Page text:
The mechanism for determining the scope of beans is extensible. You can define your own scopes or even override existing ones, although the latter is considered bad practice, and you cannot override the built-in singleton and prototype scopes.

Creating a special scope

To integrate custom scopes into a Spring container, you must implement the org.springframework.beans.factory.config.Scope interface, which is described in this section. To get an idea of how to implement custom scopes, check out the Scope implementations that come with the Spring Framework itself, as well as the javadoc Scope, which provides more details the methods that need to be implemented are described.

The Scope interface has four methods for getting objects out of scope, removing them from scope, and allowing them to be destroyed.

For example, the session scope implementation returns the copied bean that is included in the session scope (if it does not exist, the method returns a new instance of the bean, binding it to the session for further use). The following method returns an object from the underlying scope:

Object get(String name, ObjectFactory<?> objectFactory)
fun get(name: String, objectFactory: ObjectFactory<*>): Any

For example, implementing session-level scope removes a bean that is included in session-level scope from the underlying session. An object must be returned, but null may be returned if an object with the specified name is not found. The following method removes an object from the underlying scope:

Object remove(String name)
fun remove(name: String): Any

The following method registers a callback that the scope should fire when it is destroyed or when the specified object in the scope is destroyed:

void registerDestructionCallback(String name, Runnable destructionCallback)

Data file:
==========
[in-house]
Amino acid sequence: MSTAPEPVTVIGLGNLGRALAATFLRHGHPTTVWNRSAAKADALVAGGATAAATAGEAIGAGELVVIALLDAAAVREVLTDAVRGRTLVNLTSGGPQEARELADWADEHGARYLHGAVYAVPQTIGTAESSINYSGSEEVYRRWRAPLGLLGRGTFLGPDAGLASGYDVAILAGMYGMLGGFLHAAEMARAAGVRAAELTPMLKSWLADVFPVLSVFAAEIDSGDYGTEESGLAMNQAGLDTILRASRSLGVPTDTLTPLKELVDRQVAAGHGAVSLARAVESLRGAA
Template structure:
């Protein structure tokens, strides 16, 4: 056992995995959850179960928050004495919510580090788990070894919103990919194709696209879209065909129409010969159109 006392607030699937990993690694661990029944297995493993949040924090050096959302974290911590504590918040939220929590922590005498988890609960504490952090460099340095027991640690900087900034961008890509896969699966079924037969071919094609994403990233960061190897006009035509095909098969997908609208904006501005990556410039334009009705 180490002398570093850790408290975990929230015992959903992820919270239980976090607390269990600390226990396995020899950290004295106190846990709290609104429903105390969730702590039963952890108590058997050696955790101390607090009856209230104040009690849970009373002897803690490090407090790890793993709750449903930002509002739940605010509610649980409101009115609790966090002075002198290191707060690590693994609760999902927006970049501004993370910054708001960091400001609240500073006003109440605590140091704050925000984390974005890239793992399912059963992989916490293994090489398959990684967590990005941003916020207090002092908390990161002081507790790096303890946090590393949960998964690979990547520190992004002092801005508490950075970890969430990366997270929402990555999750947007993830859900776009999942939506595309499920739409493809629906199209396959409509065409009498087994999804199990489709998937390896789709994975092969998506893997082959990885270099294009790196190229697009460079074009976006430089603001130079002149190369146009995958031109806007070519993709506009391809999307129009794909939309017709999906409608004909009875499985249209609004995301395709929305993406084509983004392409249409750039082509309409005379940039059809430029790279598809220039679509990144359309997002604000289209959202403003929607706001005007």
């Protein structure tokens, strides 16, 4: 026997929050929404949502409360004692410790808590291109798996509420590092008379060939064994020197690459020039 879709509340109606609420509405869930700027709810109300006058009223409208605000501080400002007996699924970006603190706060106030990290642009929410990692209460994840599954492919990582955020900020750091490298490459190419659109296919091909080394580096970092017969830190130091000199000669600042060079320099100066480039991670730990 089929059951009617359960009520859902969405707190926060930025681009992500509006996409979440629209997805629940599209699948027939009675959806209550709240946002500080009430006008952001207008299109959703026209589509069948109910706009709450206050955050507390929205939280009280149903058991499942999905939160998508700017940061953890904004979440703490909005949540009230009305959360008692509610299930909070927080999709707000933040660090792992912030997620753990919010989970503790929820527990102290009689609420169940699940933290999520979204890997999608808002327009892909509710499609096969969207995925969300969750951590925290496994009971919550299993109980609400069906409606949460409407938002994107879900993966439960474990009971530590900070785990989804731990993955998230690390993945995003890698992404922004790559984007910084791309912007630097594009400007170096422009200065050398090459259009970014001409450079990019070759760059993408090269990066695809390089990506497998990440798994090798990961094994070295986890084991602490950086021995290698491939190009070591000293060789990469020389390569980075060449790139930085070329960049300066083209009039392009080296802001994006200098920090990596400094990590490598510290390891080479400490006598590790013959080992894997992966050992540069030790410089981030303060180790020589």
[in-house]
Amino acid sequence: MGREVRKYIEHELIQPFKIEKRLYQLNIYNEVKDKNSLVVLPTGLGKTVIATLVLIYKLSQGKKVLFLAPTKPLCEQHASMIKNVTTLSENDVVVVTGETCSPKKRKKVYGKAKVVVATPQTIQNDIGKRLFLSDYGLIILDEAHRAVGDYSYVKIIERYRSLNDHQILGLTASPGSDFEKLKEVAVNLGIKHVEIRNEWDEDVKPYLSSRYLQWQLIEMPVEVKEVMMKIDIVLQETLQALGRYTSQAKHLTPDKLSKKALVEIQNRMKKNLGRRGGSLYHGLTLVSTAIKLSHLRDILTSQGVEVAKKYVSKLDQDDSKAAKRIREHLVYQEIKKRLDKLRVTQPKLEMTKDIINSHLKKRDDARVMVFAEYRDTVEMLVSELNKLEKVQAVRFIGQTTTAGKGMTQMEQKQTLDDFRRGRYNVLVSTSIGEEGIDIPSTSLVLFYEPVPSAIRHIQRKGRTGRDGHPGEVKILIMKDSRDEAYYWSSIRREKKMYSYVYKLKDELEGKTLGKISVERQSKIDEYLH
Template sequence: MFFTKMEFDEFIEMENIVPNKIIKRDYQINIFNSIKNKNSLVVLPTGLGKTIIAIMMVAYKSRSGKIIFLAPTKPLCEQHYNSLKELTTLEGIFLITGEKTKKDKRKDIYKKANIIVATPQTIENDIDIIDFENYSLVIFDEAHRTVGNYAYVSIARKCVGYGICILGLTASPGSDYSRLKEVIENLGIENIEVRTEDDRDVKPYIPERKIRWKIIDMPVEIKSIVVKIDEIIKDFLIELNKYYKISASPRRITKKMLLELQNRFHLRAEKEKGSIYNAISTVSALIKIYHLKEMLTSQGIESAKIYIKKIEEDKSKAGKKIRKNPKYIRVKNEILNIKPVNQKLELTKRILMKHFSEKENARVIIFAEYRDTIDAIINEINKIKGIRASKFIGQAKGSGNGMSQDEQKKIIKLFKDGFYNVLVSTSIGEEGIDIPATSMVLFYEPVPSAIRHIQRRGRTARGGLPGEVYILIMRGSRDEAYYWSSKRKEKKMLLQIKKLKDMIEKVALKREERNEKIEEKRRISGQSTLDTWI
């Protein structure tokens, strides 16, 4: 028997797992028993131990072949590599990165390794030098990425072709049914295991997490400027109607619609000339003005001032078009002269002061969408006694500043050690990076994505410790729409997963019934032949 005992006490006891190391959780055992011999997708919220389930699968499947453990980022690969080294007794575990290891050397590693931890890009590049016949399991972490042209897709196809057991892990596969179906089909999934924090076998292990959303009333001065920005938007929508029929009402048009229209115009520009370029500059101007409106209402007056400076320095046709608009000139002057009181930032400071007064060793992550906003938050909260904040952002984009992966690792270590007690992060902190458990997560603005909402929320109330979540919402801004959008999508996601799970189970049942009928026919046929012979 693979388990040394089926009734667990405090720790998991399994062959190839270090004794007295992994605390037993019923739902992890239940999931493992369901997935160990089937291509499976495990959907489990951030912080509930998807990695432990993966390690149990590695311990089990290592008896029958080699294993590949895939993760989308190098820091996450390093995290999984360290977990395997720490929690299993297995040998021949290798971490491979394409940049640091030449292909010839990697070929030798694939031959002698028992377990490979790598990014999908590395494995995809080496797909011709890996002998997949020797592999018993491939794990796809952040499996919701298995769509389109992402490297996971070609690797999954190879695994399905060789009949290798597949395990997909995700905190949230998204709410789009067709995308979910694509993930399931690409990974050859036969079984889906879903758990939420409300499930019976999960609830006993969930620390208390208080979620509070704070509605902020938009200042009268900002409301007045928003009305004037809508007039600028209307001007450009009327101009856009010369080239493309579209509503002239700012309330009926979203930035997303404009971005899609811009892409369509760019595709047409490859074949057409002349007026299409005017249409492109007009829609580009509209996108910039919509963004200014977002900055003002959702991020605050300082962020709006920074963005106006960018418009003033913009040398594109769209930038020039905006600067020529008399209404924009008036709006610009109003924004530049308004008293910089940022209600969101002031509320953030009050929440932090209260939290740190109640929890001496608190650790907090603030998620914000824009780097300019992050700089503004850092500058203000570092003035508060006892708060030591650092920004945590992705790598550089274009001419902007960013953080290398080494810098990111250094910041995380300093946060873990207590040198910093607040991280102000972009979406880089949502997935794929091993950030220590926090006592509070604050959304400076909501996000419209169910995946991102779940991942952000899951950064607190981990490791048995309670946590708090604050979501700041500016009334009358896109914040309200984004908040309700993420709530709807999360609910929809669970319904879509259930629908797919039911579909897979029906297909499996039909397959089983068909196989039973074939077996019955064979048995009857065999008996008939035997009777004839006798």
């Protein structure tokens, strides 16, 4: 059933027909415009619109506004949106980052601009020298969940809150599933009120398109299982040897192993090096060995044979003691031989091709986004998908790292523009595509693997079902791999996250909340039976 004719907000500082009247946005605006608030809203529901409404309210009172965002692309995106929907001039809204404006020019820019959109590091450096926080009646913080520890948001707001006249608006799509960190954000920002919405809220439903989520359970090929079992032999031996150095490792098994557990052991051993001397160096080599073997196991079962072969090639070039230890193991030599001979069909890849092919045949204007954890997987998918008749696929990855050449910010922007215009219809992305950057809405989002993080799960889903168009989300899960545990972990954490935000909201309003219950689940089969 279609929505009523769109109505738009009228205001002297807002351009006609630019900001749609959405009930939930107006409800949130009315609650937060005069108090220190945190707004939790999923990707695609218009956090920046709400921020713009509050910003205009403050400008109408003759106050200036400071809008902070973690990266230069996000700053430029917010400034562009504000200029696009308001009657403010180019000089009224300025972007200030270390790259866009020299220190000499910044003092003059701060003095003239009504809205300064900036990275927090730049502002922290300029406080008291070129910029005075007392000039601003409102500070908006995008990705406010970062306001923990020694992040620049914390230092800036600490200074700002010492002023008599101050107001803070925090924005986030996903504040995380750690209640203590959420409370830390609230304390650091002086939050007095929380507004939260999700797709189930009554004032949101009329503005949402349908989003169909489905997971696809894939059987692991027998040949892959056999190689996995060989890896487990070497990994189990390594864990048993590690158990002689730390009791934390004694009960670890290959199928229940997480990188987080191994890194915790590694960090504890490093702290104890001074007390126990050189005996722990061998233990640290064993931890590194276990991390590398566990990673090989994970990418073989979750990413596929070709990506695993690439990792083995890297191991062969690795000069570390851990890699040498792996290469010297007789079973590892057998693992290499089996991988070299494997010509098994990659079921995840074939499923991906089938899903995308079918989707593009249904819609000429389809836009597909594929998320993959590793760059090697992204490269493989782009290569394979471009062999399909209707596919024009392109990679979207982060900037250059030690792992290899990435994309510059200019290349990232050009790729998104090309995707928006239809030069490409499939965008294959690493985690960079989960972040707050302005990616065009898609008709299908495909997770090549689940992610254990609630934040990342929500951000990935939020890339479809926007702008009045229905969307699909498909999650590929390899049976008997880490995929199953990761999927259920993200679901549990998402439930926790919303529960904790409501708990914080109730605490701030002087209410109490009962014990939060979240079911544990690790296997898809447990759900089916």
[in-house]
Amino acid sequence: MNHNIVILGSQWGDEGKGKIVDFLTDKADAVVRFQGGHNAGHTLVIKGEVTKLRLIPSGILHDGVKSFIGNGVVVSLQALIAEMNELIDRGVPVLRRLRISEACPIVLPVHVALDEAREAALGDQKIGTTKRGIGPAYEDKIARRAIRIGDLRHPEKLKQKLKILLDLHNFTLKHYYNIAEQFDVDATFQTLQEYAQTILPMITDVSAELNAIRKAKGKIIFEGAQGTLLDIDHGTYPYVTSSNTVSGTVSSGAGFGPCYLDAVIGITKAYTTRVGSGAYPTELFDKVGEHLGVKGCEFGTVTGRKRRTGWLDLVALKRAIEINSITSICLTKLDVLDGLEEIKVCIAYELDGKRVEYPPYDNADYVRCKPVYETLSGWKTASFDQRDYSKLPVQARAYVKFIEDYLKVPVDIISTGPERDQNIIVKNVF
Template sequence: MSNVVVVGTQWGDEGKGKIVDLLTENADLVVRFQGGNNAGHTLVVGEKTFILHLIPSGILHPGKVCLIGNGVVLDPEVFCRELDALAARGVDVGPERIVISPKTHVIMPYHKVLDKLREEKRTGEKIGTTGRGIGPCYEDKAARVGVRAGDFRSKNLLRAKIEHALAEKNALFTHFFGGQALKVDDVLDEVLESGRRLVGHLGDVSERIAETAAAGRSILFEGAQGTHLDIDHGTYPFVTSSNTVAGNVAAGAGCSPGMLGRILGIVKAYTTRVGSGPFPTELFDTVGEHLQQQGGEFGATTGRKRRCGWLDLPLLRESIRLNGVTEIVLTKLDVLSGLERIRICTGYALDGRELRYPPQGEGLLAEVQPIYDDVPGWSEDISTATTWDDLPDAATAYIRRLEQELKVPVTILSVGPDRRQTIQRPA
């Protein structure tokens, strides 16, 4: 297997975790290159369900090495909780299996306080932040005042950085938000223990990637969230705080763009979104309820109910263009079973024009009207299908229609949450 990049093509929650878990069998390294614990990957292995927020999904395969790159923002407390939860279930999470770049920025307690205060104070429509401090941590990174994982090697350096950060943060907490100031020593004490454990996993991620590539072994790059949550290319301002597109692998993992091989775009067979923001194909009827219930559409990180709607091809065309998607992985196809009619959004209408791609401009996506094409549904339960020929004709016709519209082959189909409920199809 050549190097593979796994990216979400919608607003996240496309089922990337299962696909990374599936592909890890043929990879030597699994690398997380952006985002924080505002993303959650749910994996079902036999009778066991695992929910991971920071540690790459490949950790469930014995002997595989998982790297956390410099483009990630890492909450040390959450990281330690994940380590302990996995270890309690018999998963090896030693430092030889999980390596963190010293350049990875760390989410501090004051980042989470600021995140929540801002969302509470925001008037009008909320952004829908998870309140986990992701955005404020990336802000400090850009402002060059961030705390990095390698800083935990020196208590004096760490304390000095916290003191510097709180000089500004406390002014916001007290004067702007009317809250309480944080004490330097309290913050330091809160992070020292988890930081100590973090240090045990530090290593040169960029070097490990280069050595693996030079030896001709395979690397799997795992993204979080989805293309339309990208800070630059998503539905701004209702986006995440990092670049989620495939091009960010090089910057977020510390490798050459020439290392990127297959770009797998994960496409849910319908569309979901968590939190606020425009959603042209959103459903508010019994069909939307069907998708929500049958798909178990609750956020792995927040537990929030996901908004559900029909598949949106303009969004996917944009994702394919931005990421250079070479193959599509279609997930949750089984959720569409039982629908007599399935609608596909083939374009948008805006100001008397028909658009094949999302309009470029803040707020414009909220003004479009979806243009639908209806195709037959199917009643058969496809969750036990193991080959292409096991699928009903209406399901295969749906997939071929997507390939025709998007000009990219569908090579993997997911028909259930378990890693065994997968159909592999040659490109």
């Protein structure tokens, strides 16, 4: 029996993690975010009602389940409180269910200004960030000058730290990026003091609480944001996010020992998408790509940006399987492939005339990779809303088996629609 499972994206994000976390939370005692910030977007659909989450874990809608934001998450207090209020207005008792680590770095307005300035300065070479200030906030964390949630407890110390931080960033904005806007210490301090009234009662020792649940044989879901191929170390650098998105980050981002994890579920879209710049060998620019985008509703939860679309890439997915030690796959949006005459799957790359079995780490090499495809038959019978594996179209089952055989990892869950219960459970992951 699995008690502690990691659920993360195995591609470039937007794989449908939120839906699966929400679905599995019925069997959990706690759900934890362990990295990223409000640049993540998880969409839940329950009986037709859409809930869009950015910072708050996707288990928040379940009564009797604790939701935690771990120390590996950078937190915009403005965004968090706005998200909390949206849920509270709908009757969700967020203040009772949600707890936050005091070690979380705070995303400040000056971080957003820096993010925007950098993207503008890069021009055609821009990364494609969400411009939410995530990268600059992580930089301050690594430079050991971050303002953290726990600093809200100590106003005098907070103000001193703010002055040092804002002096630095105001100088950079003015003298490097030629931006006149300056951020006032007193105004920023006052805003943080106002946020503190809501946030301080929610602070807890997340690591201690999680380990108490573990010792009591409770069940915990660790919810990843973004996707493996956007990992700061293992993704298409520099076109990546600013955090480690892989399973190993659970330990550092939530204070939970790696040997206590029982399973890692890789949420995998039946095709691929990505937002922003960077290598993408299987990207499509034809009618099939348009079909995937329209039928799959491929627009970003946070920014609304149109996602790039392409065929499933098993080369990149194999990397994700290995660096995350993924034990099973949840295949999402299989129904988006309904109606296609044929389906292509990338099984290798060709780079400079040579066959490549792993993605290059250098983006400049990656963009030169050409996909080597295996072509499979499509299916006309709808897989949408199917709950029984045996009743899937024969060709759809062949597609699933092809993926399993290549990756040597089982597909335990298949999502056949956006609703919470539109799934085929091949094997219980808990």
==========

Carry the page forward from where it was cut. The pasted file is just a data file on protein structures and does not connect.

fun registerDestructionCallback(name: String, destructionCallback: Runnable)

For more information on destruction callbacks, see javadoc or in Spring's scope implementation.

The following method gets the dialog identifier for the underlying scope:

String getConversationId()
fun getConversationId(): String

This identifier is different for each scope. For a session-scoped implementation, this identifier could be the session identifier.

Using a special scope

After writing and testing one or more custom Scope implementations, you need to make the Spring container aware of your new scopes. The following method is the main method for registering a new Scope in the Spring container:

void registerScope(String scopeName, Scope scope);
fun registerScope(scopeName: String, scope: Scope)

This method is declared in the ConfigurableBeanFactory interface, which is accessible through the BeanFactory property in most concrete ApplicationContext implementations shipped with Spring.

The first argument of the registerScope(..) method is a unique name associated with the scope. Examples of such names in the Spring container itself are singleton and prototype. The second argument to the registerScope(..) method is the actual instance of the custom Scope implementation that you want to register and use.

Assume that you wrote your own Scope implementation and then registered it as shown in the following example.

The following example uses SimpleThreadScope, which is included with Spring but is not registered by default. The instructions will be the same for your own custom implementations of Scope.
Scope threadScope = new SimpleThreadScope();
beanFactory.registerScope("thread", threadScope);
val threadScope = SimpleThreadScope()
beanFactory.registerScope("thread", threadScope)

You can then create bean definitions that follow the scope rules of your custom Scope implementation, as shown below:

<bean id="..." class="..." scope="thread">

When using a custom Scope implementation, you are not limited to programmatically registering the scope. You can also register Scope declaratively using the CustomScopeConfigurer class, as shown in the following example:

<?xml version="1.0" encoding="UTF-8"?>
<beans xmlns=""
    <bean class="org.springframework.beans.factory.config.CustomScopeConfigurer">
        <property name="scopes">
                <entry key="thread">
                    <bean class=""/>
    <bean id="thing2" class="x.y.Thing2" scope="thread">
        <property name="name" value="Rick"/>
    <bean id="thing1" class="x.y.Thing1">
        <property name="thing2" ref="thing2"/>
When you put <aop:scoped-proxy/> in a <bean> declaration for implementation of FactoryBean, the scope is the factory bean itself, not the object returned from getObject().